She said: “This handbook will be a valuable resource for those considering next steps in their business, whether that is to drive efficiencies, look for expansion or diversification, or for new entrants and those who wish to leave the industry. The handbook will provide options and inspiration to support those changes.”

The handbook is free and available on the APTF website.

09 May 2022

At the start of Mental Health Awareness Week (9-15 May), The National Federation of Young Farmers’ Clubs (NFYFC) is calling on all 580 Young Farmers’ Clubs to do something positive to help tackle mental health issues.

NFYFC President Nigel Owens MBE is leading the call and challenging all YFCs to add NFYFC’s wellbeing training session Rural+ to their club programmes. Nigel, who speaks openly about his personal struggles with mental health, is keen for clubs to start the conversation about mental health and look out for each other.

NFYFC President Nigel Owens MBE said:

“It’s Mental Health Awareness Week and I want YFCs to take urgent action. Many of us know that members of our community are struggling with their mental health and sadly some have felt there was no way out of the problems they faced. We have to do more to ensure everyone seeks the help they need. And YFCs can help make this happen.

“My challenge to all 580 YFCs this Mental Health Awareness Week is to get the Rural+ Curve module on their club programmes. This short interactive session will get clubs talking and help more rural young people to recognise the signs of mental health issues in themselves and others.

“Let’s work together to do as much as we can to build resilience and develop positive mental health for all our members.”

Mental Health Awareness Week is hosted by the Mental Health Foundation and is in its 22nd year.

This year, the theme for the week is ‘Loneliness’. Across the country, people will be reflecting on loneliness and how it impacts our mental health. Long-term loneliness is closely linked to mental health problems such as depression and anxiety.

Throughout Mental Health Awareness Week, NFYFC will be sharing stories about the positive action Warwickshire Federation of Young Farmers’ Clubs (FYFC) has taken by committing to deliver the Rural+ session to all YFCs in the county. The County Federation decided it wanted to deliver Rural+ to all clubs following the death of one of its members, Len Eadon, who took his own life on New Year’s Day this year.

Megan Bailey, Warwickshire's County Training Officer, is delivering the sessions throughout the county. She said:

“The theme for this year’s Mental Health Awareness Week is loneliness and the Rural+ Curve module is the perfect opportunity to start a conversation about that. It’s a positive module that focuses on wellbeing and resilience. It’s a great opportunity for members to sit down and talk together and do something practical.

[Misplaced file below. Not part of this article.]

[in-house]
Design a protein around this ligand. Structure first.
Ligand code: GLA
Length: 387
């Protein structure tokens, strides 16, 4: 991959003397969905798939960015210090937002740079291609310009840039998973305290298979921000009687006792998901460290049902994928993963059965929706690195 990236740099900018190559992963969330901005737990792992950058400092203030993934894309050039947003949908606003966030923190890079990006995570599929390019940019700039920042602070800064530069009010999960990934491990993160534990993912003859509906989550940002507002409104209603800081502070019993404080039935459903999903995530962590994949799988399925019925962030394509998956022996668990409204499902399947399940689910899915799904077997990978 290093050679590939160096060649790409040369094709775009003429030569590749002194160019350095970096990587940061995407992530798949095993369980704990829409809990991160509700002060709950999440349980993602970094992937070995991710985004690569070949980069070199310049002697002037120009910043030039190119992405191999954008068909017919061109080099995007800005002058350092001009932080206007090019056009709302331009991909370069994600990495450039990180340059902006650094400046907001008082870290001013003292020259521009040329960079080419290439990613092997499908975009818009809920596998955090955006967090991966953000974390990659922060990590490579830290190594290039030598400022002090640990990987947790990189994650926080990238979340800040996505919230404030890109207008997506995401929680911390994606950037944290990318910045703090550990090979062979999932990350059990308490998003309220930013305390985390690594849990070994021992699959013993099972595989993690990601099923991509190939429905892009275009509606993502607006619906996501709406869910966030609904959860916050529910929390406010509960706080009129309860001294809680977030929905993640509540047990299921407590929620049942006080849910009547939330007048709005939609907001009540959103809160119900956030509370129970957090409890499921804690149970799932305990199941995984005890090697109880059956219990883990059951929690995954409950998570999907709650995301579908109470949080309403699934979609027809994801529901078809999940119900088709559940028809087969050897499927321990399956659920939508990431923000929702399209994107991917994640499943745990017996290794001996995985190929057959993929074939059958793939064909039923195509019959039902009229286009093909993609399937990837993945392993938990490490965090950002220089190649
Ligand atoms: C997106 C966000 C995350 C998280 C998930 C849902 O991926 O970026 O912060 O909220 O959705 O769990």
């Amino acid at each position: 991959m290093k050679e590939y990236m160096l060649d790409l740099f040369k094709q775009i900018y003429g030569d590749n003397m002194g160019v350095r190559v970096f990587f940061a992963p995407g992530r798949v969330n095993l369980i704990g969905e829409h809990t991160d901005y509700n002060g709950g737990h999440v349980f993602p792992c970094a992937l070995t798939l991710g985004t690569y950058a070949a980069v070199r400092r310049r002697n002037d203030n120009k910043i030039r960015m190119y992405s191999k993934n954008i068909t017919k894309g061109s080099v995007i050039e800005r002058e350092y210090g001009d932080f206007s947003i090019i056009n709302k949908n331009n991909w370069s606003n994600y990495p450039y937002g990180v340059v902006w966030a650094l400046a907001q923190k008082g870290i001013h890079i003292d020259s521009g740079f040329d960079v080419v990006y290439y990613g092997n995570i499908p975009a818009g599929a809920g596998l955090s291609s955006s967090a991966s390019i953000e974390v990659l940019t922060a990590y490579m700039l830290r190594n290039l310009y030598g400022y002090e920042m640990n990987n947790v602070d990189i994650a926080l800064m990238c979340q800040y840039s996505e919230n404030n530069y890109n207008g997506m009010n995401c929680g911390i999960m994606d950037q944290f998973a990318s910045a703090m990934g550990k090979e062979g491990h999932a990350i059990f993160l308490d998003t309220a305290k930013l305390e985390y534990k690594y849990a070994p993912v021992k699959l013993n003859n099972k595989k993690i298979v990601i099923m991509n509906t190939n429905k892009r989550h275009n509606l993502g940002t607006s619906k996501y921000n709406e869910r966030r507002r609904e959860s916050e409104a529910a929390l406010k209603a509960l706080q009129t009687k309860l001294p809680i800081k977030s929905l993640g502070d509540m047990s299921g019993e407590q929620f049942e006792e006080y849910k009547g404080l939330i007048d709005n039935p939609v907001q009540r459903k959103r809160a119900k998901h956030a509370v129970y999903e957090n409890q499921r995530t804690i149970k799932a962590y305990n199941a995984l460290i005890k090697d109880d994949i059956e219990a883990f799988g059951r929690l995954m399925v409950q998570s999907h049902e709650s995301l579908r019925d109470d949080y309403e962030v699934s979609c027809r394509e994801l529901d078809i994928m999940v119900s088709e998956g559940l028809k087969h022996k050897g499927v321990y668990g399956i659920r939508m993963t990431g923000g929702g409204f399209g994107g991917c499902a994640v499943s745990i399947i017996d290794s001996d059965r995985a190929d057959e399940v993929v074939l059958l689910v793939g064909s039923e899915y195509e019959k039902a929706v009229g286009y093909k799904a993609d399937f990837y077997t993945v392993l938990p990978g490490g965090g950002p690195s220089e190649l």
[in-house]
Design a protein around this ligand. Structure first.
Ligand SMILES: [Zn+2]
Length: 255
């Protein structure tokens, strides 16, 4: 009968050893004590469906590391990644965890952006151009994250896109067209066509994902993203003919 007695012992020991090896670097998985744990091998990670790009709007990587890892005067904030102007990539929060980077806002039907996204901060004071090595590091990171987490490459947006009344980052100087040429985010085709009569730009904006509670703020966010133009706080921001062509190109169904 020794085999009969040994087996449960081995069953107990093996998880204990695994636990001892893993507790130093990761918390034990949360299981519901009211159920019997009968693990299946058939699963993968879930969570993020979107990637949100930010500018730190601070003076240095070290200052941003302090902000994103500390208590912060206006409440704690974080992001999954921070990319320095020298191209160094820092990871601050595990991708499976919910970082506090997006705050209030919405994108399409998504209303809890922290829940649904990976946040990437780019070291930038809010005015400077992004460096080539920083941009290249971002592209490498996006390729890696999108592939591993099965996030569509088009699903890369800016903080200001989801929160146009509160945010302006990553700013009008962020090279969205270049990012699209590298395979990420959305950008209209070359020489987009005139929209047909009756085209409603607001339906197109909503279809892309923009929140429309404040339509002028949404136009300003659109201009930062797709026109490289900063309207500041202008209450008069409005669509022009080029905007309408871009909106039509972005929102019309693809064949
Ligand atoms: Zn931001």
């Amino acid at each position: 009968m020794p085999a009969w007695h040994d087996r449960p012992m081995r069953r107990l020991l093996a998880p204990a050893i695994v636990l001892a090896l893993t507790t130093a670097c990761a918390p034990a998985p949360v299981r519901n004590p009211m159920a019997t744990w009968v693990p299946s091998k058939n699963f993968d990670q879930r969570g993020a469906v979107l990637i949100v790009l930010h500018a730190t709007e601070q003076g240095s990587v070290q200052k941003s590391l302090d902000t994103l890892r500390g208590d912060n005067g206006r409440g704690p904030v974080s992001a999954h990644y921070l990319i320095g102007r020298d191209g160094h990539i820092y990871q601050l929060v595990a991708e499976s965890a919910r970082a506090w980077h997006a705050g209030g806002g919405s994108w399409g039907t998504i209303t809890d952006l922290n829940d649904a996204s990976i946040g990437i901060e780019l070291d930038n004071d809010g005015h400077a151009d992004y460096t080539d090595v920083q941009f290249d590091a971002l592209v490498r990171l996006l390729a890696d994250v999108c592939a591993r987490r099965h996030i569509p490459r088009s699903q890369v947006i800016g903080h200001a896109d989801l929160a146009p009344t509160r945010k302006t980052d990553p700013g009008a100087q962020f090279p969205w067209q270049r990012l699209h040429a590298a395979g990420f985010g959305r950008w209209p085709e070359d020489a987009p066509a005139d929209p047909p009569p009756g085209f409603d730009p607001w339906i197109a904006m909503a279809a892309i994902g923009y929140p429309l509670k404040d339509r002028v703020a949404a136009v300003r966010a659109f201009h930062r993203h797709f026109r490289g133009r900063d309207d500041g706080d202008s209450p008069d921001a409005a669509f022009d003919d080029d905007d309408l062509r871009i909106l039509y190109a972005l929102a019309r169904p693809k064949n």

“After the sad loss of one of our members, Warwickshire FYFC pledged to deliver Rural+ to all our clubs by the summer and we have nearly met our goal. We have received positive feedback from all of the clubs who have taken part so far and it has prompted really good conversations about our mental health. We recommend all other county federations make a similar pledge to us and ensure their clubs take part in these sessions to help the YFC community be more open about problems we may be facing.”

Rural+ was the brainchild of a former National Chairman of Council (2013/14) Claire Worden.

FCN, along with NFYFC and The DPJ Foundation, worked together to develop a new version of the Rural+ mental health training module last year, with funding from the Westminster Foundation. The session is targeted at YFCs and agricultural students yet to embark on their first placement or role in the industry. The training is collaborative and was developed with young farmers, young agriculture professionals and volunteers from FCN and The DPJ Foundation to ensure it is relevant and beneficial to young farmers.

Sessions focus on understanding stress and anxiety; managing personal mental wellbeing; how to talk about mental health; seeking support and supporting others. Many YFC Trainers have received extra training to be able to run the session in clubs and any YFC wishing to organise a session can speak to their county office or make a booking using NFYFC’s online form here

For more information about this year’s Mental Health Awareness Week visit or join the conversation on social media using #IveBeenThere and #MentalHealthAwarenessWeek.